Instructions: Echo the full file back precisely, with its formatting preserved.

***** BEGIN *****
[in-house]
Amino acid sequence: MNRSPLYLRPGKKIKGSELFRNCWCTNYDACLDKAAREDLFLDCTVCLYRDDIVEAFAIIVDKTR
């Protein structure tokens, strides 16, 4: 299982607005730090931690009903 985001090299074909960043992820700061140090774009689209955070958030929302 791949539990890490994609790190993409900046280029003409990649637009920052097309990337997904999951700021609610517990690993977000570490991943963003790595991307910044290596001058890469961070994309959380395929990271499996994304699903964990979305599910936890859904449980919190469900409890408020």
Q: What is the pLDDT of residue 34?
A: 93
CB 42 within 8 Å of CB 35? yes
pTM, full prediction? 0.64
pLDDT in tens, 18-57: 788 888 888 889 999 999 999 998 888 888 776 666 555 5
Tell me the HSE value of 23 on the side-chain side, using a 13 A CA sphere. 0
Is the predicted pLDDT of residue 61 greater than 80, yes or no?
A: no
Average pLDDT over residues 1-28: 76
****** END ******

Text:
[in-house]
Amino acid sequence: MNRSPLYLRPGKKIKGSELFRNCWCTNYDACLDKAAREDLFLDCTVCLYRDDIVEAFAIIVDKTR
């Protein structure tokens, strides 16, 4: 299982607005730090931690009903 985001090299074909960043992820700061140090774009689209955070958030929302 791949539990890490994609790190993409900046280029003409990649637009920052097309990337997904999951700021609610517990690993977000570490991943963003790595991307910044290596001058890469961070994309959380395929990271499996994304699903964990979305599910936890859904449980919190469900409890408020």
Q: What is the pLDDT of residue 34?
A: 93
CB 42 within 8 Å of CB 35? yes
pTM, full prediction? 0.64
pLDDT in tens, 18-57: 788 888 888 889 999 999 999 998 888 888 776 666 555 5
Tell me the HSE value of 23 on the side-chain side, using a 13 A CA sphere. 0
Is the predicted pLDDT of residue 61 greater than 80, yes or no?
A: no
Average pLDDT over residues 1-28: 76